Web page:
Posterior cruciate ligament (PCL) injury

Posterior cruciate ligament (PCL) injury

Posterior cruciate ligaments (PCL) are important to the function of the knee. Injuries to one’s PCL require a great deal of force, and often happen in conjunction with injuries to nearby structures including bone, cartilage and other ligaments. The injury is not typically as painful as some other ligament injuries, such as to the anterior cruciate ligament (ACL), that happen much more frequently. These two ligaments are both responsible for holding the knee together, and an injury to either can cause a huge setback in mobility and range of motion.

Although PCL injuries are not as common or as serious as some other injuries to knee ligaments, they can still be serious enough to cause instability, pain and swelling that hold you back from everyday activities for weeks or months. Injuries to this sturdy band of tissue are subtle and somewhat difficult to diagnose and assess, especially considering the close proximity to the cruciate ligaments connected to the thighbone and shinbone, and the ACL that cross the knee along with the PCL, forming an X. Only medical specialists are qualified to make a PCL injury diagnosis.  

Anatomy of the knee

There are identical PCLs at the rear of each knee, which, along with the ACLs and other cruciate ligaments, help connect the thighbone and shinbone, and keep the shinbone from overextending in the wrong direction. The thighbone and shinbone meet at the knee joint, where a kneecap protects this system of ligaments and cartilage that holds all the bones together. Collateral ligaments on the sides of the knee and cruciate ligaments inside the knee joint act like a system of ropes for these important bones. 

  • Cruciate ligaments – The ACLs cross in front of the PCLs in the knee, allowing the joint to move back and forth. The posterior are the stronger of the cruciate ligaments, which is why they are not injured as frequently. The entire crossing of ligaments in the knee is as small as a pinky finger in most people.
  • Collateral ligaments – The collateral ligaments are located on either side of each knee, with a lateral collateral ligament (LCL) on the outside and a medial collateral ligament (MCL) on the inside. These ligaments are not used as often, but they come in handy when the body must prepare for an abnormal sideways movement.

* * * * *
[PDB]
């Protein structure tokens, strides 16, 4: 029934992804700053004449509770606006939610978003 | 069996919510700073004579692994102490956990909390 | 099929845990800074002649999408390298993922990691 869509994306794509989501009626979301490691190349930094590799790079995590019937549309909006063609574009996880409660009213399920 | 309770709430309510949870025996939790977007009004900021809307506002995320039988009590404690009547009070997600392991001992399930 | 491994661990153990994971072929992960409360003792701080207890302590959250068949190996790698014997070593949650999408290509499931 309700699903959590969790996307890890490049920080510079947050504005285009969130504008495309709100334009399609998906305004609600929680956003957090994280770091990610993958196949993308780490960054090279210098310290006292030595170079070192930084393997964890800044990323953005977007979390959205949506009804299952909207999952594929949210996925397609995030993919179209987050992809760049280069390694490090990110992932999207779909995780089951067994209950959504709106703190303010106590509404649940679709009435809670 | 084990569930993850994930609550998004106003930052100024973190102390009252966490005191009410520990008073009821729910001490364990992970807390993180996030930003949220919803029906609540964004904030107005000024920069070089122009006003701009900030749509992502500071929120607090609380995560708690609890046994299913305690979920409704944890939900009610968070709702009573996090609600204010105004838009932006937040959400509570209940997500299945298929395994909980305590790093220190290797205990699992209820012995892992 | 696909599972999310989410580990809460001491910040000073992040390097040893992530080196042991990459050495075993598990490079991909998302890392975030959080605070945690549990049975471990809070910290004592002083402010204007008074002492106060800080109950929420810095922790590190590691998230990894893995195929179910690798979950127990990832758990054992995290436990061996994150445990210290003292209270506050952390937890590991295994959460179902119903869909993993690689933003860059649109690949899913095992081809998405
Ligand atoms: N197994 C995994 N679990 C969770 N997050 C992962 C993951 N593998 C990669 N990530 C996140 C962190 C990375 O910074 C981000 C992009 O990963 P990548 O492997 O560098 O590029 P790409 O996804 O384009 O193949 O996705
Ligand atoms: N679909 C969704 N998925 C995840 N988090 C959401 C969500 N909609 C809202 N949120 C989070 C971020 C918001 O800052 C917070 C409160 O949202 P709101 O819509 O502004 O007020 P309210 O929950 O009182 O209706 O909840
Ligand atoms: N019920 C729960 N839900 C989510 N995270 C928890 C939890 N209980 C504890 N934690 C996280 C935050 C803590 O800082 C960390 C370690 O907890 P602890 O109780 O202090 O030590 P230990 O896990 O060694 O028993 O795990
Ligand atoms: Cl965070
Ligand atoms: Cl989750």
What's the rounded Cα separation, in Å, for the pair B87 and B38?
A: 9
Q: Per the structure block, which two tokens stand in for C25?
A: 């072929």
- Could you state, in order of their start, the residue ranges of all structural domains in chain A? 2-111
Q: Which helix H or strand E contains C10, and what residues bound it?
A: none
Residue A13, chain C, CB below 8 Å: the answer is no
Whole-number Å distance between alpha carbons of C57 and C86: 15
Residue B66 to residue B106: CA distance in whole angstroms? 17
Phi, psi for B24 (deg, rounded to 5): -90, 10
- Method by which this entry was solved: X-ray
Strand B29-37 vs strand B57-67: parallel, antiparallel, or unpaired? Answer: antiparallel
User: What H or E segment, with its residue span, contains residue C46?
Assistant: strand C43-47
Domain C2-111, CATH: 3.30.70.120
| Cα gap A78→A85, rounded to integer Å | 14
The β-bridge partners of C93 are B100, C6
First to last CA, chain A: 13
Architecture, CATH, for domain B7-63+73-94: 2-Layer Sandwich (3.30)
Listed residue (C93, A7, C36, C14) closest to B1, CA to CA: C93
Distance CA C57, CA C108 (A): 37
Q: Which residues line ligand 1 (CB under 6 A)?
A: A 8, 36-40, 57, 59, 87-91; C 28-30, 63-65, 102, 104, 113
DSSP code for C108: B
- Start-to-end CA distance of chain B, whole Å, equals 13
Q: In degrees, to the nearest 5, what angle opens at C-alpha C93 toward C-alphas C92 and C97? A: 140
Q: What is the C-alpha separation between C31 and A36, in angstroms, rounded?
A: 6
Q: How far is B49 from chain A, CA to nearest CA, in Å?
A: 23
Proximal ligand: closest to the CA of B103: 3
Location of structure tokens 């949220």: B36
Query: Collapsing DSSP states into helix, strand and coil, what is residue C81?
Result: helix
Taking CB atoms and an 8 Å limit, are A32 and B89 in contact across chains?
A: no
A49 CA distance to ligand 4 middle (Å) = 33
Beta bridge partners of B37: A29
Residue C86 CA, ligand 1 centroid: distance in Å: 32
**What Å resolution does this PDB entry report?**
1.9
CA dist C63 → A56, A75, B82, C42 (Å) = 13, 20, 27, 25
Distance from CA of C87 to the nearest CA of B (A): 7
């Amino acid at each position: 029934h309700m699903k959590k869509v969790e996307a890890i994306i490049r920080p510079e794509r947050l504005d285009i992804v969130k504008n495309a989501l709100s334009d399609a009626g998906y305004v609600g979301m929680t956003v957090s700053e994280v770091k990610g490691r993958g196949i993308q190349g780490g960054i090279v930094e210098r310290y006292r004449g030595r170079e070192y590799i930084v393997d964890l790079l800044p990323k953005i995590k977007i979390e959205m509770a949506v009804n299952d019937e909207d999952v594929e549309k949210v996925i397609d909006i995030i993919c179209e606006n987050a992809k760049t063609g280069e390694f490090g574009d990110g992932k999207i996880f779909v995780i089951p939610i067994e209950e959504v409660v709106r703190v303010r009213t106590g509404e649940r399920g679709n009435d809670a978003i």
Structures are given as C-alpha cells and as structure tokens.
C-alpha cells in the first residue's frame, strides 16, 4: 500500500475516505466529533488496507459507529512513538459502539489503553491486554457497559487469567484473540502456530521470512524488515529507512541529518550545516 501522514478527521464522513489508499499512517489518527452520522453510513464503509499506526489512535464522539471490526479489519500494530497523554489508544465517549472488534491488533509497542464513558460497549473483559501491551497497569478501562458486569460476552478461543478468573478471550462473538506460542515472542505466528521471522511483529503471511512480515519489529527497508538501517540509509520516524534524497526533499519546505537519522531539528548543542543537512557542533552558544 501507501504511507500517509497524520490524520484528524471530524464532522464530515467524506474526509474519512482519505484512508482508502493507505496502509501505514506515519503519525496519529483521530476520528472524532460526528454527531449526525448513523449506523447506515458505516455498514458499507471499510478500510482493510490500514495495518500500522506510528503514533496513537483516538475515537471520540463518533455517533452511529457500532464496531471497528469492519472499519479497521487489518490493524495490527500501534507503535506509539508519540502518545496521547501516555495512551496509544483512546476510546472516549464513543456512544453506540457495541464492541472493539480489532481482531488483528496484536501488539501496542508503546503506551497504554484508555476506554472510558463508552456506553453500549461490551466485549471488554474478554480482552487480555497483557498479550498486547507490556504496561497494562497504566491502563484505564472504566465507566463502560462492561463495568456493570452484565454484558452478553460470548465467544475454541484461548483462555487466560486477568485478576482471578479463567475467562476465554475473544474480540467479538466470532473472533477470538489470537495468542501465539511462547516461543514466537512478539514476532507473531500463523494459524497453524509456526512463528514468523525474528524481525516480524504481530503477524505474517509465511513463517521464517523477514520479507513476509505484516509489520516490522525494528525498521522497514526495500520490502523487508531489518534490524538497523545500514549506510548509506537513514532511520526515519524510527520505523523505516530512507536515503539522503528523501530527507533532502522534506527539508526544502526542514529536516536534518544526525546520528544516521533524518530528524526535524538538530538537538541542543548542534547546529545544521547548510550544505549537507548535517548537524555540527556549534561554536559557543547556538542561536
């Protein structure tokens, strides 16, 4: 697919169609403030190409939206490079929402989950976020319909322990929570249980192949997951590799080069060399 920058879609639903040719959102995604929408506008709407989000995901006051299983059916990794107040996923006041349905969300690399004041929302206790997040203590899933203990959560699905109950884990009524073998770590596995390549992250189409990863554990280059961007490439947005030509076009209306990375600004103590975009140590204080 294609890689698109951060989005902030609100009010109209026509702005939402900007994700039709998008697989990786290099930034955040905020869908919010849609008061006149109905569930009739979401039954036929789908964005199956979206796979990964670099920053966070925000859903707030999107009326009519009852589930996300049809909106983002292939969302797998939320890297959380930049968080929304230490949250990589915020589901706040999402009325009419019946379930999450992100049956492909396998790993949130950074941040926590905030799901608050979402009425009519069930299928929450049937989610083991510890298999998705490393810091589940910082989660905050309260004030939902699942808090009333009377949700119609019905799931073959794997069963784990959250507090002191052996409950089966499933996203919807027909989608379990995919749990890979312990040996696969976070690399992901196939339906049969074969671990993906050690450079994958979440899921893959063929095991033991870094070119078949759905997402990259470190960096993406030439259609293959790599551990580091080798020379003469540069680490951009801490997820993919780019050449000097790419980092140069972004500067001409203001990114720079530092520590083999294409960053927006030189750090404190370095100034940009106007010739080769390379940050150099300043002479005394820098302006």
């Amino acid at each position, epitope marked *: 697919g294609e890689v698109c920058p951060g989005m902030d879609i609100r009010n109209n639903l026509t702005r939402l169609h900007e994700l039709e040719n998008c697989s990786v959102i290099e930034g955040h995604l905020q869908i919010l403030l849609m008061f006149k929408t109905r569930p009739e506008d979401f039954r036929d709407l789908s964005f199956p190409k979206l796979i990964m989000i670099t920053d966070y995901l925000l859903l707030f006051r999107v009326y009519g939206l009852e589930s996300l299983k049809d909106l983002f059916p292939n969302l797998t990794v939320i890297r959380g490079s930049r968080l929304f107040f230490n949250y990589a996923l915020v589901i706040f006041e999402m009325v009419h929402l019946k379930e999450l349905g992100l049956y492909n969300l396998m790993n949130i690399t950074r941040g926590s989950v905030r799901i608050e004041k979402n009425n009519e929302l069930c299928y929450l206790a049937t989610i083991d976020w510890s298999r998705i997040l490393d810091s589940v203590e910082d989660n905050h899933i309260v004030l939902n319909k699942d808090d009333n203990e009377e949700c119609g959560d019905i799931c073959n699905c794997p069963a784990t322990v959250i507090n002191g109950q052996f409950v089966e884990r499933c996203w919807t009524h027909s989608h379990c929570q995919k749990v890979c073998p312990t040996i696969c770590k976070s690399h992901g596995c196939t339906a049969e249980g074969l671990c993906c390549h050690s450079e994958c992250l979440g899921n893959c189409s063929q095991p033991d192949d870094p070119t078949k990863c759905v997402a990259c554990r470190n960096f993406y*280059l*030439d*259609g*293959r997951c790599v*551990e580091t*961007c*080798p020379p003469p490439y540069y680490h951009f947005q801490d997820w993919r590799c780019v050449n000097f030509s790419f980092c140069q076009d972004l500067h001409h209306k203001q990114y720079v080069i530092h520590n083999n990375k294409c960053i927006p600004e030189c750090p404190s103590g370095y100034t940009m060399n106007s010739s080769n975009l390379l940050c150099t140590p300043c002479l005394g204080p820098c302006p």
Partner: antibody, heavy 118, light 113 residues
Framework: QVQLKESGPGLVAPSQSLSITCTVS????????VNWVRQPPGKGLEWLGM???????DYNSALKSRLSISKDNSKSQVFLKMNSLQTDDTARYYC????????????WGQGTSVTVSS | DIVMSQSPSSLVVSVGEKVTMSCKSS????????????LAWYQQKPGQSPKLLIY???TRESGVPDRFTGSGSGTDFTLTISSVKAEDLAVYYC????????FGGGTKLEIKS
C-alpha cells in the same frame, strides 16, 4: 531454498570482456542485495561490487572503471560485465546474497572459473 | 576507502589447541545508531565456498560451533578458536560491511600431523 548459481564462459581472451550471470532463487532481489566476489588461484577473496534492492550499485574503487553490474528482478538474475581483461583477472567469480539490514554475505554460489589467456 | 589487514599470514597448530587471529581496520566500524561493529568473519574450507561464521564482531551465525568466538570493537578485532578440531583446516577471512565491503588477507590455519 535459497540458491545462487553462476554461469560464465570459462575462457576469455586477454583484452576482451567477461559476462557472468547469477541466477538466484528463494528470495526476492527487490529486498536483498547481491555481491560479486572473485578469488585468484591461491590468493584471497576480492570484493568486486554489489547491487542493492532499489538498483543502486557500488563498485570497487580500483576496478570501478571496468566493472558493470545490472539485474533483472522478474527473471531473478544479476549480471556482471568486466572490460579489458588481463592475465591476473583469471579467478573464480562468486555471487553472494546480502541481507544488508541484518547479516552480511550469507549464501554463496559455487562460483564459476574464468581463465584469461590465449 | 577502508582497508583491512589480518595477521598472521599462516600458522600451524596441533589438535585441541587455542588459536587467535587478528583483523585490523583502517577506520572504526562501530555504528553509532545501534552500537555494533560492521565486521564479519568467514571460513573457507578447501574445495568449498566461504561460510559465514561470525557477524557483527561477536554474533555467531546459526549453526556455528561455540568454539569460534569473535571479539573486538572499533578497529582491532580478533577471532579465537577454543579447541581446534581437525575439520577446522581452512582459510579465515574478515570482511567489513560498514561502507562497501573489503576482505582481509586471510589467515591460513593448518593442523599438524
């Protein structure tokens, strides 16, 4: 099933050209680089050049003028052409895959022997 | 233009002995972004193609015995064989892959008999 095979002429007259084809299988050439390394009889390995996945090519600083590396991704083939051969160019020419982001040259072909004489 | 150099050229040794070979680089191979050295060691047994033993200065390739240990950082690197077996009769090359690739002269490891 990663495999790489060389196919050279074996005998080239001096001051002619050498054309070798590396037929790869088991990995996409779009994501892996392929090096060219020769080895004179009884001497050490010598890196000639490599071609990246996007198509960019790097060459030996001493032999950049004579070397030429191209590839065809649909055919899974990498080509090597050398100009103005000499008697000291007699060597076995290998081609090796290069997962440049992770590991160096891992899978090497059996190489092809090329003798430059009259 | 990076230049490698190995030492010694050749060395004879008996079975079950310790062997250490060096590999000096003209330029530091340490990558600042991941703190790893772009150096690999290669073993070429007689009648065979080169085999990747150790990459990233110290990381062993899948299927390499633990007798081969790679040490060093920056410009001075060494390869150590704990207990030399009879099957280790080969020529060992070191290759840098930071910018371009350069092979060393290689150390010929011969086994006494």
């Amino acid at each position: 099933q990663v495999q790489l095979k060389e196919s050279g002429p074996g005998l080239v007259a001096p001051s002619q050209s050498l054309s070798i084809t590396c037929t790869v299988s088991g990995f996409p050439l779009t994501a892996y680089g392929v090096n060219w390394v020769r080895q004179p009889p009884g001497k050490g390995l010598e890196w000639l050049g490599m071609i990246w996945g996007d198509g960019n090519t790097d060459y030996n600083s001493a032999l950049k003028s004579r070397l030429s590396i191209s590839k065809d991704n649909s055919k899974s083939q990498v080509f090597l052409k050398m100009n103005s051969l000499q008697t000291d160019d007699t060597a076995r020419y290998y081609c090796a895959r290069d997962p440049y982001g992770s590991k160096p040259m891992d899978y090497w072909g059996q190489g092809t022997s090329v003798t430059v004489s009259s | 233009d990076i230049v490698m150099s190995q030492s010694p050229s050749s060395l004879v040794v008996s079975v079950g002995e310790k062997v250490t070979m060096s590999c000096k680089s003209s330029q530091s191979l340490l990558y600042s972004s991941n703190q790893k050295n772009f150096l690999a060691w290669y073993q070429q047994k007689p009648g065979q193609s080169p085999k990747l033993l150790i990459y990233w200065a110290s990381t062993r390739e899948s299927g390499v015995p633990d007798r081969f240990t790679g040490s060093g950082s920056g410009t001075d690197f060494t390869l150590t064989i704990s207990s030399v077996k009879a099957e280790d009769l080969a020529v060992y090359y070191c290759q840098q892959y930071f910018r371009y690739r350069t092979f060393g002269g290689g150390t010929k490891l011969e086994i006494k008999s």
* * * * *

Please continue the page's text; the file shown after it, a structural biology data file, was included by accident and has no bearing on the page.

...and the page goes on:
Symptoms

There are also many possible PCL injury symptoms, and not everyone will necessarily experience all of them or experience them in the same way. The symptoms are often subtle and may appear alongside other injury symptoms, so it’s important to see a doctor right away if the symptoms persist following an injury. These are some of the most common PCL injury symptoms:

  • Pain immediately following a knee injury
  • Quick and steady swelling
  • Stiffness and limpness in the knee
  • Trouble with walking and other lower-limb movements
  • Unstable feeling in the knee

Causes

There are many different possible PCL injury causes. Usually a powerful force is required to injure this ligament, since it is the strongest of a network of ligaments in the knee. These are some of the most common PCL injury causes:

  • Blow to the knee
  • Overextension of the ligament from stretching or pulling
  • Misstep leading to a fall

Some common scenarios for this type of injury include car crashes in which the knee hits the dashboard, hyperextension injuries during an awkward twisting motion and falls during sports in which a bent knee bears the brunt of the force. In other cases, however, a simple misstep is enough to do it. 

Types

Injuries to any ligaments actually are considered sprains. There are three different grades, based on severity and symptoms, which are used to distinguish injured ligaments:

  • Grade 1 – Only mild damage from over-extension has occurred, but the joint of the knee is still stable and the ligament is still intact.
  • Grade 2 – This is a slightly more severe injury in which the ligament has been stretched to the point of loosening or partial tearing, but the knee may still be somewhat stable. 
  • Grade 3 – Most injuries in this classification involve a complete tearing of the ligament into two pieces, resulting in extensive instability of the knee joint.

Sprains of the PCL are usually Grade 1 or 2, and can potentially heal on their own without serious intervention. With proper care, most people who suffer such ligament tears and partial tears can return to their normal athletic and recreational activities once the healing process is over. 

Diagnosis

Fortunately, there are several accurate methods for diagnosing and assessing PCL injuries, such as the posterior drawer, the sag test and various imaging procedures. It’s also important to check patients for fractures and injuries to the ACL, bones, collateral ligaments, cartilage and/or meniscus, which commonly happen simultaneously when any of the ligaments have been torn or stretched. Early detection and quick treatment can greatly increase the chances of a full recovery.

Treatment

Surgery is typically the only option in the case of Grade 3 PCL injuries in which the ligament has completely torn. In most other cases, however, the injury can be treated with simple measures followed by rehabilitation. Most patients end their treatment with full use of their knees and related regions of the lower limbs. Without a proper evaluation and skilled medical care, however, this simple injury could easily have long-lasting and detrimental consequences. 

The multidisciplinary team of trauma and fracture experts at Northwell Health Orthopaedic Institute treats PCL injuries as well as a broad range of conditions that affect the bones.

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